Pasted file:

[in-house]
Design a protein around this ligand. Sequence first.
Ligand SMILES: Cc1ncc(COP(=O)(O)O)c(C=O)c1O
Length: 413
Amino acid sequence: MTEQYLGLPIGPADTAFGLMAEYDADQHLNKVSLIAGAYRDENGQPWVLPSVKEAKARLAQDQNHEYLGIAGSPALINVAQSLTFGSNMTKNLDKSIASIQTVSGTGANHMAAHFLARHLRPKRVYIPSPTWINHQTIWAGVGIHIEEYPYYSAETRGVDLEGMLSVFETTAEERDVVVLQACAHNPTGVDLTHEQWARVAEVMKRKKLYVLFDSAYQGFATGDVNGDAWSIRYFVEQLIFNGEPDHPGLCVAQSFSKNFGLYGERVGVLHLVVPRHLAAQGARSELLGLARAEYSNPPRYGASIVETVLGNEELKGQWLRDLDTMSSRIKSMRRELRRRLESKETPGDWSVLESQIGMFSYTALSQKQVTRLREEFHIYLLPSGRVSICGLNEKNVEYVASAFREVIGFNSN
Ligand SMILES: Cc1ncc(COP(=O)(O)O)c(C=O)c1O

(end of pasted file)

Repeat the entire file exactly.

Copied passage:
[in-house]
Design a protein around this ligand. Sequence first.
Ligand SMILES: Cc1ncc(COP(=O)(O)O)c(C=O)c1O
Length: 413
Amino acid sequence: MTEQYLGLPIGPADTAFGLMAEYDADQHLNKVSLIAGAYRDENGQPWVLPSVKEAKARLAQDQNHEYLGIAGSPALINVAQSLTFGSNMTKNLDKSIASIQTVSGTGANHMAAHFLARHLRPKRVYIPSPTWINHQTIWAGVGIHIEEYPYYSAETRGVDLEGMLSVFETTAEERDVVVLQACAHNPTGVDLTHEQWARVAEVMKRKKLYVLFDSAYQGFATGDVNGDAWSIRYFVEQLIFNGEPDHPGLCVAQSFSKNFGLYGERVGVLHLVVPRHLAAQGARSELLGLARAEYSNPPRYGASIVETVLGNEELKGQWLRDLDTMSSRIKSMRRELRRRLESKETPGDWSVLESQIGMFSYTALSQKQVTRLREEFHIYLLPSGRVSICGLNEKNVEYVASAFREVIGFNSN
Ligand SMILES: Cc1ncc(COP(=O)(O)O)c(C=O)c1O